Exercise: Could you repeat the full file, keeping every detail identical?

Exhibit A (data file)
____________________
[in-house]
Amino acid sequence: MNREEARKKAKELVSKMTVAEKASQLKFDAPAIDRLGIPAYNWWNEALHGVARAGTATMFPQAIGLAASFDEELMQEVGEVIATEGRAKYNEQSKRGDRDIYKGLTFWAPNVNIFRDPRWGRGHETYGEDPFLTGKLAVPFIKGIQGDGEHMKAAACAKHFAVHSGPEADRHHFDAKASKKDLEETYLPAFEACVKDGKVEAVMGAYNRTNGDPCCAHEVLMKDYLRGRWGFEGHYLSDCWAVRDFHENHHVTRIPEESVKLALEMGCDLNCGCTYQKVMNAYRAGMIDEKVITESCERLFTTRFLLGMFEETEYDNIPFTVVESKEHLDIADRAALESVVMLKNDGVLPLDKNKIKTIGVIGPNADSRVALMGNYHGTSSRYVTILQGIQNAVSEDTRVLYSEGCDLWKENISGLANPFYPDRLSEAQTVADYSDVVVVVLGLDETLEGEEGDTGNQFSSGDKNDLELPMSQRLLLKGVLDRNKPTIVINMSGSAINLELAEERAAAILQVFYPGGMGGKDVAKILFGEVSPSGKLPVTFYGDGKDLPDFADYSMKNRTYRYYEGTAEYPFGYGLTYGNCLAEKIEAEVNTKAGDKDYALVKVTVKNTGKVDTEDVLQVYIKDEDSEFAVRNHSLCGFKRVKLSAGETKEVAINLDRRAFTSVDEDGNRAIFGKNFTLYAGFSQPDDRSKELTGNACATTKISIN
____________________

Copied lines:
[in-house]
Amino acid sequence: MNREEARKKAKELVSKMTVAEKASQLKFDAPAIDRLGIPAYNWWNEALHGVARAGTATMFPQAIGLAASFDEELMQEVGEVIATEGRAKYNEQSKRGDRDIYKGLTFWAPNVNIFRDPRWGRGHETYGEDPFLTGKLAVPFIKGIQGDGEHMKAAACAKHFAVHSGPEADRHHFDAKASKKDLEETYLPAFEACVKDGKVEAVMGAYNRTNGDPCCAHEVLMKDYLRGRWGFEGHYLSDCWAVRDFHENHHVTRIPEESVKLALEMGCDLNCGCTYQKVMNAYRAGMIDEKVITESCERLFTTRFLLGMFEETEYDNIPFTVVESKEHLDIADRAALESVVMLKNDGVLPLDKNKIKTIGVIGPNADSRVALMGNYHGTSSRYVTILQGIQNAVSEDTRVLYSEGCDLWKENISGLANPFYPDRLSEAQTVADYSDVVVVVLGLDETLEGEEGDTGNQFSSGDKNDLELPMSQRLLLKGVLDRNKPTIVINMSGSAINLELAEERAAAILQVFYPGGMGGKDVAKILFGEVSPSGKLPVTFYGDGKDLPDFADYSMKNRTYRYYEGTAEYPFGYGLTYGNCLAEKIEAEVNTKAGDKDYALVKVTVKNTGKVDTEDVLQVYIKDEDSEFAVRNHSLCGFKRVKLSAGETKEVAINLDRRAFTSVDEDGNRAIFGKNFTLYAGFSQPDDRSKELTGNACATTKISIN